I attended the New Orleans Transgender Day of Remembrance event at the First Unitarian Universalist Church of New Orleans last night because it is important for our community to memorialize those taken from us because of hate. I was there as someone who has worked alongside the trans community but also because I was invited as a representative of the Forum For Equality, an LGBT human rights organization here in Louisiana.
It was a lovely place to hold this service and there were many powerful speakers who spoke of the pain but also of hope. Standing there, as the names of the US victims of transphobic violence and some of the international ones, was very moving. To have the stark truth read out of the severe forms of hate violence, the police indifference and even the journalistic failure to give dignity in death for individual’s chosen names and pronouns was sobering as to the real and daily harassment and discrimination faced by the trans community.
We must do all we can to to end violence against transgender and gender non-conforming people because one is too many.
Below are my remarks:
I want to start with an apology.
I apologize for the way in which the lesbian and gay community in particular has hurt transpeople. I am sorry. I’m sorry for my own failure to be the best ally possible. I’m sorry that your allies have not always fought for your rights, have not been by your side in all your battles and made you feel disrespected, isolated and questioning your own worthiness.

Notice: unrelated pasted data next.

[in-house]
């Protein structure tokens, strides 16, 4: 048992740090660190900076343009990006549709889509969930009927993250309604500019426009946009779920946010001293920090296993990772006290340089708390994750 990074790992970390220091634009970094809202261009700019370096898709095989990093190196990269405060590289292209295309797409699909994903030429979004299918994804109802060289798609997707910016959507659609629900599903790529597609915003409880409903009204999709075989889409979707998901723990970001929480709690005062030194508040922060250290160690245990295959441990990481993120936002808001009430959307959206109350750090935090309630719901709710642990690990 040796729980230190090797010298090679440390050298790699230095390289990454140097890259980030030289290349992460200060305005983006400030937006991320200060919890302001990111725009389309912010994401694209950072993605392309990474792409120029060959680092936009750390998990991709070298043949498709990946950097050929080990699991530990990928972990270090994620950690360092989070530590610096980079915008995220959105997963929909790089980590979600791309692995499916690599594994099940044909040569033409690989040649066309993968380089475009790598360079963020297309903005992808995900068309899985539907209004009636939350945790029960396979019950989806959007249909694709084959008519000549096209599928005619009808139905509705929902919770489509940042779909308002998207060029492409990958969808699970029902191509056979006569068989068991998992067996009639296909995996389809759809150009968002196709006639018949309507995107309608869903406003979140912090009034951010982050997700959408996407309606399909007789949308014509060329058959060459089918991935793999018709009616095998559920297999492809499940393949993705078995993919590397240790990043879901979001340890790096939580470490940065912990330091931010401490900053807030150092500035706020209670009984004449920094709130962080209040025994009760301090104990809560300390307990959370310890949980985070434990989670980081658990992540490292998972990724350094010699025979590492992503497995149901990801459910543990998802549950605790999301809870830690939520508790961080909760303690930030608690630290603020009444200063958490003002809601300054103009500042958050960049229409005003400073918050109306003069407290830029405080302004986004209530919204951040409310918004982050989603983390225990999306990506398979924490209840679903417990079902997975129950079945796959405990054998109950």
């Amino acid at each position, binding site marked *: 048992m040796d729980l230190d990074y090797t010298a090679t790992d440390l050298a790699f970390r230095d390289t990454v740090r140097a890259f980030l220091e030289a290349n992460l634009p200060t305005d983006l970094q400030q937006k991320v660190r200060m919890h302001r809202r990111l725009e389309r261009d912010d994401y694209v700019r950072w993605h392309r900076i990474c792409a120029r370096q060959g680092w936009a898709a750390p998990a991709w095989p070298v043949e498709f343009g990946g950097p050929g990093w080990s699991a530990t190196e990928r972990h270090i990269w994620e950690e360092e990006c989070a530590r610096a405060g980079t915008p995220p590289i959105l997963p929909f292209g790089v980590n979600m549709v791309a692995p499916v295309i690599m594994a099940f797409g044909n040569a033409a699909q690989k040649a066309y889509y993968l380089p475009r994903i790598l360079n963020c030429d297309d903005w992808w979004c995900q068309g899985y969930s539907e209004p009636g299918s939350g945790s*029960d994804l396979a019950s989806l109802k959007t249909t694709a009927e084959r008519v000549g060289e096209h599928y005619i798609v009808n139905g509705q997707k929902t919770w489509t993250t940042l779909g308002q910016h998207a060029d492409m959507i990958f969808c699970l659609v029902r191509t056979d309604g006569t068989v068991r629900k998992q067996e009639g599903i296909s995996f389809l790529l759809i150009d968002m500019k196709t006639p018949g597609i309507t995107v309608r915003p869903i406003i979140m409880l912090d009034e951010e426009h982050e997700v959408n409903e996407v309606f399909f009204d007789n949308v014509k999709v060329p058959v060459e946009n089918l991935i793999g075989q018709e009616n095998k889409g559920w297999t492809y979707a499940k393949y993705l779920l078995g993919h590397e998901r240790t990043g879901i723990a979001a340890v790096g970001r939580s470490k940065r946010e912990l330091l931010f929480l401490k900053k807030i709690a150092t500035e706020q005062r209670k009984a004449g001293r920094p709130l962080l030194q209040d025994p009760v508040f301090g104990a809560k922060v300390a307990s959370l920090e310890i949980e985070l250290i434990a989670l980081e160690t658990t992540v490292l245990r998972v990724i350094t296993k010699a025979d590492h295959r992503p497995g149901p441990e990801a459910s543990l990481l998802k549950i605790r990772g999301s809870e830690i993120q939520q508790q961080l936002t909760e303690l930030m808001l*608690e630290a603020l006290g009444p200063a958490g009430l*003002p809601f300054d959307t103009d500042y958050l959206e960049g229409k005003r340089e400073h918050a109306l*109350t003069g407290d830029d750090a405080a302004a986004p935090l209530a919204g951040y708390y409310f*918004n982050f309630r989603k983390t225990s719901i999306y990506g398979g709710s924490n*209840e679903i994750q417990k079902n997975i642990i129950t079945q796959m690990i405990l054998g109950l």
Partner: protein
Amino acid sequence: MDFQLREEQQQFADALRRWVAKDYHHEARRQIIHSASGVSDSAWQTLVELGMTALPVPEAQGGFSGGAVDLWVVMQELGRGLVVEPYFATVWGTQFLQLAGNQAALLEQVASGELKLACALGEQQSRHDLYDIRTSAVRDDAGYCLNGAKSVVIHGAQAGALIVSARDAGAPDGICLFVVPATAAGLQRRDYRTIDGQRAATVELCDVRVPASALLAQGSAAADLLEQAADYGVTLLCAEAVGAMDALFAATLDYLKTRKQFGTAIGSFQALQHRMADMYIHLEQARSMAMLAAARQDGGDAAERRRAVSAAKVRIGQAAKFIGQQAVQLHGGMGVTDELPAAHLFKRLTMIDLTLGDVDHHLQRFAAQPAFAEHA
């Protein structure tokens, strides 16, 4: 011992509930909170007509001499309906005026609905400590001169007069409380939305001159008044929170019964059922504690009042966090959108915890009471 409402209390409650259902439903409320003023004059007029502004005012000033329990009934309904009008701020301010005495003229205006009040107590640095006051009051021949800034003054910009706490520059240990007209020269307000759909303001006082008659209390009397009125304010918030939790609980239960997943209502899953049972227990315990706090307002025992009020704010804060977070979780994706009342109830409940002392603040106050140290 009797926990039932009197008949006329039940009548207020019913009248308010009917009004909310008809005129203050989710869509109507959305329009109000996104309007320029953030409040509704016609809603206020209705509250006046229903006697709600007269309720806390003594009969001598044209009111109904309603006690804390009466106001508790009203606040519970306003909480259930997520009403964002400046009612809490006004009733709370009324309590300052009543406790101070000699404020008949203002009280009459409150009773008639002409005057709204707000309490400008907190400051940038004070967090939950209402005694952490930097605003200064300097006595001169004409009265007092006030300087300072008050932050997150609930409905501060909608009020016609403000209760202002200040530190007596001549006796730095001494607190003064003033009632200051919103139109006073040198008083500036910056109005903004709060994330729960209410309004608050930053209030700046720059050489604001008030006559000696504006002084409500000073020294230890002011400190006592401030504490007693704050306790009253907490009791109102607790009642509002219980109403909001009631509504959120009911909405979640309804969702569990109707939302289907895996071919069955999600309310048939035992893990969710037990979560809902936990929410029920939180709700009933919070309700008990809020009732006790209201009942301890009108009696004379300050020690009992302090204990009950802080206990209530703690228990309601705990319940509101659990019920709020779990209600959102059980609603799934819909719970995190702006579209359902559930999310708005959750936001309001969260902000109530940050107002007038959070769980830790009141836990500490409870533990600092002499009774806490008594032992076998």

Society has tried to erase the presence and suppress the contributions of transgender and gender variant people and, to our shame, many of lesbians and gays have colluded with this silencing and ignored the needs of our trans brothers and sisters.
Words and attitudes can have very real consequences. It is horrific that this year saw over 250 people killed due to their gender identity or presentation. Such acts of violence against the transgender community are linked to the failure of our entire community to work to end transgender discrimination and oppressive conditions for gender non-conforming people.
All of us deserve to thrive and to bring our fullest, most vibrant versions of our selves into the open. The world is made more whole by the full participation of transpeople.
Tonight we mourn the dead. Tomorrow and every other day, we must fight for the living.
Please remember that you add value to this world that no-one else could ever replace. You are an important part of this community. Most importantly, we are in this together. Because of that I re-commit the Forum For Equality to supporting the needs and rights of transgender people and their families here in Louisiana and everywhere.
I’ll end with a quote from Paul Monette. While these words were written about the death toll from AIDS, they have special meaning on this Transgender Day of Remembrance.
He wrote: “Tell yourself: None of this ever had to happen. And then go make it stop, with whatever breath you have left. Grief is a sword, or it is nothing.”